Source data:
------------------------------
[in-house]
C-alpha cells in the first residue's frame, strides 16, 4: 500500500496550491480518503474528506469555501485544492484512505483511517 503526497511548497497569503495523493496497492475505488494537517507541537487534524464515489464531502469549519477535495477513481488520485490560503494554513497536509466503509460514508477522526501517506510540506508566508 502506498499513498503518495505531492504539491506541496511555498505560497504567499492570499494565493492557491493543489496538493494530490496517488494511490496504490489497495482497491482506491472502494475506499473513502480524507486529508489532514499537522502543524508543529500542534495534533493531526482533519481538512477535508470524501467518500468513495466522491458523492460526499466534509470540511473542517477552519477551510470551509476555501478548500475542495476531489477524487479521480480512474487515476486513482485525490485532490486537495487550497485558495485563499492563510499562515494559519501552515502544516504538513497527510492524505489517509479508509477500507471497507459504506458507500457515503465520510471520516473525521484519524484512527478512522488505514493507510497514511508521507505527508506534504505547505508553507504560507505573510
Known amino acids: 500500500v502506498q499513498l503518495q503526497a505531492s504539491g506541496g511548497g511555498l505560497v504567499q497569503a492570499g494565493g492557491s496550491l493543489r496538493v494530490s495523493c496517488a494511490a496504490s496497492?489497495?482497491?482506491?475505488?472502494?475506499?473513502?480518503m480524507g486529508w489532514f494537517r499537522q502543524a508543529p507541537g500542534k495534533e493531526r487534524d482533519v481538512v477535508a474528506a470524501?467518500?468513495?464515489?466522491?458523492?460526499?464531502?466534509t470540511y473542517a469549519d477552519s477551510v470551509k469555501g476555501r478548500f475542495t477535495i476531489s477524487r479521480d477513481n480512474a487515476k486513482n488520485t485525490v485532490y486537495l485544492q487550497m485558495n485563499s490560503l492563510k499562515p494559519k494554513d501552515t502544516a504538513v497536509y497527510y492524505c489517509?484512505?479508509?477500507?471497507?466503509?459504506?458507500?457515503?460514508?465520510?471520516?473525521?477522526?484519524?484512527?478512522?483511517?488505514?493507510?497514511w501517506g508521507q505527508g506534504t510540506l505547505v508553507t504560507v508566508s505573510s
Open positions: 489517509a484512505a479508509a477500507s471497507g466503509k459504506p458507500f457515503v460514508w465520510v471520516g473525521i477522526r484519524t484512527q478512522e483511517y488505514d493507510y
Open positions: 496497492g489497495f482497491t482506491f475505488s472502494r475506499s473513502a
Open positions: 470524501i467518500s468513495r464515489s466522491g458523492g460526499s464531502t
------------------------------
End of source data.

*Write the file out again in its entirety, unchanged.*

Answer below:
[in-house]
C-alpha cells in the first residue's frame, strides 16, 4: 500500500496550491480518503474528506469555501485544492484512505483511517 503526497511548497497569503495523493496497492475505488494537517507541537487534524464515489464531502469549519477535495477513481488520485490560503494554513497536509466503509460514508477522526501517506510540506508566508 502506498499513498503518495505531492504539491506541496511555498505560497504567499492570499494565493492557491493543489496538493494530490496517488494511490496504490489497495482497491482506491472502494475506499473513502480524507486529508489532514499537522502543524508543529500542534495534533493531526482533519481538512477535508470524501467518500468513495466522491458523492460526499466534509470540511473542517477552519477551510470551509476555501478548500475542495476531489477524487479521480480512474487515476486513482485525490485532490486537495487550497485558495485563499492563510499562515494559519501552515502544516504538513497527510492524505489517509479508509477500507471497507459504506458507500457515503465520510471520516473525521484519524484512527478512522488505514493507510497514511508521507505527508506534504505547505508553507504560507505573510
Known amino acids: 500500500v502506498q499513498l503518495q503526497a505531492s504539491g506541496g511548497g511555498l505560497v504567499q497569503a492570499g494565493g492557491s496550491l493543489r496538493v494530490s495523493c496517488a494511490a496504490s496497492?489497495?482497491?482506491?475505488?472502494?475506499?473513502?480518503m480524507g486529508w489532514f494537517r499537522q502543524a508543529p507541537g500542534k495534533e493531526r487534524d482533519v481538512v477535508a474528506a470524501?467518500?468513495?464515489?466522491?458523492?460526499?464531502?466534509t470540511y473542517a469549519d477552519s477551510v470551509k469555501g476555501r478548500f475542495t477535495i476531489s477524487r479521480d477513481n480512474a487515476k486513482n488520485t485525490v485532490y486537495l485544492q487550497m485558495n485563499s490560503l492563510k499562515p494559519k494554513d501552515t502544516a504538513v497536509y497527510y492524505c489517509?484512505?479508509?477500507?471497507?466503509?459504506?458507500?457515503?460514508?465520510?471520516?473525521?477522526?484519524?484512527?478512522?483511517?488505514?493507510?497514511w501517506g508521507q505527508g506534504t510540506l505547505v508553507t504560507v508566508s505573510s
Open positions: 489517509a484512505a479508509a477500507s471497507g466503509k459504506p458507500f457515503v460514508w465520510v471520516g473525521i477522526r484519524t484512527q478512522e483511517y488505514d493507510y
Open positions: 496497492g489497495f482497491t482506491f475505488s472502494r475506499s473513502a
Open positions: 470524501i467518500s468513495r464515489s466522491g458523492g460526499s464531502t